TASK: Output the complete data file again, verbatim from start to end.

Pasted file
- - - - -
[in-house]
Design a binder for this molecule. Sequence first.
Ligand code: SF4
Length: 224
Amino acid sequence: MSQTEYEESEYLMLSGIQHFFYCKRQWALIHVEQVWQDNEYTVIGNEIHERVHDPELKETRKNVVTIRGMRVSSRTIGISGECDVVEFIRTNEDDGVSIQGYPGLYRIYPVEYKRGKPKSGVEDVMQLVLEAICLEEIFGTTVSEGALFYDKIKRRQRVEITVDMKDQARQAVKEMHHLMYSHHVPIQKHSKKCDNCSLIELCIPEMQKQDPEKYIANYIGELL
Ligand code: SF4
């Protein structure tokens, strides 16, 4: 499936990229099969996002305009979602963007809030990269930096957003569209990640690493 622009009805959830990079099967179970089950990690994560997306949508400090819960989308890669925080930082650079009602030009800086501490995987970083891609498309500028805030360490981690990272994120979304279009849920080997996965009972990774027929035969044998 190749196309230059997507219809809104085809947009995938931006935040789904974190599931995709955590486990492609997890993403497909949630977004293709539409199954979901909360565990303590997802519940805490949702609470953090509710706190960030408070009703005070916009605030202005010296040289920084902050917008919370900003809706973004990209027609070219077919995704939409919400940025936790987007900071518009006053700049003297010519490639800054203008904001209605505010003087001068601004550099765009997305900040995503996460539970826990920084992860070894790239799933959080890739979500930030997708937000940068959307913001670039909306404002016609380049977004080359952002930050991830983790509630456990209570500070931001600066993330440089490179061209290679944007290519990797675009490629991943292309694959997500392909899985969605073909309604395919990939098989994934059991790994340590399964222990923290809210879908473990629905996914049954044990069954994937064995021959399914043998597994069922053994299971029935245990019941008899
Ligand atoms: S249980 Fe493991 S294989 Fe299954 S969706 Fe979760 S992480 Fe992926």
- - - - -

[in-house]
Design a binder for this molecule. Sequence first.
Ligand code: SF4
Length: 224
Amino acid sequence: MSQTEYEESEYLMLSGIQHFFYCKRQWALIHVEQVWQDNEYTVIGNEIHERVHDPELKETRKNVVTIRGMRVSSRTIGISGECDVVEFIRTNEDDGVSIQGYPGLYRIYPVEYKRGKPKSGVEDVMQLVLEAICLEEIFGTTVSEGALFYDKIKRRQRVEITVDMKDQARQAVKEMHHLMYSHHVPIQKHSKKCDNCSLIELCIPEMQKQDPEKYIANYIGELL
Ligand code: SF4
């Protein structure tokens, strides 16, 4: 499936990229099969996002305009979602963007809030990269930096957003569209990640690493 622009009805959830990079099967179970089950990690994560997306949508400090819960989308890669925080930082650079009602030009800086501490995987970083891609498309500028805030360490981690990272994120979304279009849920080997996965009972990774027929035969044998 190749196309230059997507219809809104085809947009995938931006935040789904974190599931995709955590486990492609997890993403497909949630977004293709539409199954979901909360565990303590997802519940805490949702609470953090509710706190960030408070009703005070916009605030202005010296040289920084902050917008919370900003809706973004990209027609070219077919995704939409919400940025936790987007900071518009006053700049003297010519490639800054203008904001209605505010003087001068601004550099765009997305900040995503996460539970826990920084992860070894790239799933959080890739979500930030997708937000940068959307913001670039909306404002016609380049977004080359952002930050991830983790509630456990209570500070931001600066993330440089490179061209290679944007290519990797675009490629991943292309694959997500392909899985969605073909309604395919990939098989994934059991790994340590399964222990923290809210879908473990629905996914049954044990069954994937064995021959399914043998597994069922053994299971029935245990019941008899
Ligand atoms: S249980 Fe493991 S294989 Fe299954 S969706 Fe979760 S992480 Fe992926």